Practical Application of Xenon Arc Weathering: Q&A with Jeff Marek

Practical Application of Xenon Arc Weathering: Q&A with Jeff Marek

What are the basic elements that contribute to weathering?

The three main factors affecting the durability of products exposed to the outdoor environment include solar radiation, temperature and moisture. Obviously, harsher weather environments including intense sunlight, heat, humidity or large swings in temperatures can provide a more difficult test for products to meet customer durability expectations. Many industry weathering specifications include additional requirements to meet the needs of these harsh environment states / countries.

Which industries require weathering most often?

The easy way to look at the effects of weathering by industry is simply to look at products that are exposed to external environments. The most common industries include:

  • Automotive
  • Paints and coatings
  • Building / construction products
  • Vinyl films
  • Lawn and garden products
  • Rubber and plastic products or components

What are the benefits of accelerated laboratory testing vs. outdoor / natural weathering?

As with any type of testing, laboratory testing will provide more repeatability and reproducibility of testing results. In addition, by accelerating the testing in a laboratory, product manufacturers can gather performance data much quicker allowing them to make design decisions and launch their new products more efficiently.

In many cases, outdoor / natural weathering is also desired in order to get a balanced look at performance data and to correlate to the laboratory testing. Some testing standards also require outdoor / natural weathering in addition to laboratory weathering.

Plastic materials introduced into global markets that they were not designed or tested for can potentially result in product failures. Sometimes a product will have a unique sensitivity to the local environment that was not predicted and tested for.

What exposure does a Xenon Arc lamp provide (compared with UV only)?

Natural sunlight is made up of three primary wavelength ranges: Ultraviolet, Visible and Infrared. The shorter the wavelength range, the more intense the photon energy; thus more effect on the material that it is in contact with. That being said, UV (the most powerful range of radiation) makes up less than 7% of total radiation.

A Xenon Arc lamp, when filtered properly, most closely simulates both UV and visible wavelength ranges making it an excellent option for testing exposure to natural solar radiation. In order to more closely simulate natural exposure, a few more considerations must be reviewed:

Orientation of the product or sample in service. Horizontal exposures can have a different effect than vertical exposures.
The geography where the product will be used (latitude, proximity to the ocean / water, altitude, etc.)
Typical operating temperatures.  

What are the potential effects of weathering on materials?

On Rubber / Polymer products, there are a variety of effects that can occur due to weathering. Several of the most common include:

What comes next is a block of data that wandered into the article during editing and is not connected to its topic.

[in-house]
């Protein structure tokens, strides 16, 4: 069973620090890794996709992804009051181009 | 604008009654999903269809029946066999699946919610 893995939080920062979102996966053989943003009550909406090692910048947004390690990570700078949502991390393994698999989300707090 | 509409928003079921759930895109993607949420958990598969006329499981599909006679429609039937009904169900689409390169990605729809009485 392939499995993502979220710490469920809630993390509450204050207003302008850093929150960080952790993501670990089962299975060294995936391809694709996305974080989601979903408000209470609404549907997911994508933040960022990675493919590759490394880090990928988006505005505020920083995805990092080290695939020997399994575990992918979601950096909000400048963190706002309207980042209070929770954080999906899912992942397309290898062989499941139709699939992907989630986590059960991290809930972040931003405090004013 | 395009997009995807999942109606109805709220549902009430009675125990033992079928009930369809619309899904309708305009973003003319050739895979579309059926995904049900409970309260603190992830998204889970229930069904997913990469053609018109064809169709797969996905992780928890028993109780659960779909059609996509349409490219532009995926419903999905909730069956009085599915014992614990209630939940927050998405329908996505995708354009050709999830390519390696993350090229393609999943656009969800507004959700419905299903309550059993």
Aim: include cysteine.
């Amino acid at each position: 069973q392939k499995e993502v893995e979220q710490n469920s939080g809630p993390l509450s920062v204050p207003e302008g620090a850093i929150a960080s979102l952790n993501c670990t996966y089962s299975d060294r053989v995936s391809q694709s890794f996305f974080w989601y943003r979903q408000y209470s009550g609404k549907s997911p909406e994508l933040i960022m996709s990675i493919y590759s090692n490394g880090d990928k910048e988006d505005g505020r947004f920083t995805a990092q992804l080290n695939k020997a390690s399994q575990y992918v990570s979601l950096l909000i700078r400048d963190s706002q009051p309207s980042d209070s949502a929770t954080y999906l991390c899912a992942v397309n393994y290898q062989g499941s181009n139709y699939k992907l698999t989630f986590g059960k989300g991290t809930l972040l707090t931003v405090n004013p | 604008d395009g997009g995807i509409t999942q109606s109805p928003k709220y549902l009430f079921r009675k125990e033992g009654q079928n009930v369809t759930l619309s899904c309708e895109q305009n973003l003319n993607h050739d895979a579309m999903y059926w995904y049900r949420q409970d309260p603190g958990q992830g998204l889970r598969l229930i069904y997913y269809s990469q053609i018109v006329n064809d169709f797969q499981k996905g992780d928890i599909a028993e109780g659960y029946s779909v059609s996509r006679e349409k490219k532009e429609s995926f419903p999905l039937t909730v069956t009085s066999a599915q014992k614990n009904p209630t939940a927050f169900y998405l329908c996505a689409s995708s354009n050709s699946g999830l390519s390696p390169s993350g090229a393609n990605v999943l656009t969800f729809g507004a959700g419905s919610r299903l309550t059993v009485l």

• Chalking and surface degradation – UV exposure can cause the surface layer molecules eroding away exposing the underlying layers of fillers and pigment particles. These particles can become a powdery (often white) substance on the surface.
  • Color shift, yellowing, or fading – After prolonged exposure, materials can exhibit changes in color or yellowing that negatively affect the surface appearance. For products that require aesthetic consistency over time such as coatings, films or product surfaces in the automotive industry (for example), understanding these properties provide manufacturers with data to develop the most appropriate product warranties.
  • Cracking – Effects of both solar radiation and moisture can cause expansion and contraction of a polymeric material which can lead to stress and ultimately surface fracture. In addition to Xenon arc weathering, ozone (created by solar radiation reacting with oxygen or air pollution) can create free radicals that break the bonds of chemical bonds in the rubber / polymeric material, leading to cracks.
  • Gloss loss – Much like yellowing and color fading, solar radiation and elevated temperatures can cause the material surface to lose gloss.

What types of testing are used to evaluate materials post weathering?

After weathering, it is critical to understand how the material has changed in appearance and performance. There are a wide variety of post weathering tests that can be conducted to best determine how a given polymeric material will react. Some of the most common tests are:

  • Changes in color – Colorimeters use several filters to mimic the appearance of color by the human eye. It can measure the difference in color pre and post weathering.
  • Changes in gloss – By measuring the reflectance of light from the surface of the material in question, gloss meters can provide the variance in gloss.
  • Material properties – Retention of physical properties such as tensile, tear, impact, hardness, or melt flow index can be tested to understand the full effects of weathering on a given material. Benchmarking several, similar materials can provide researchers with a range of options that could be used based on physical property requirements in the product.

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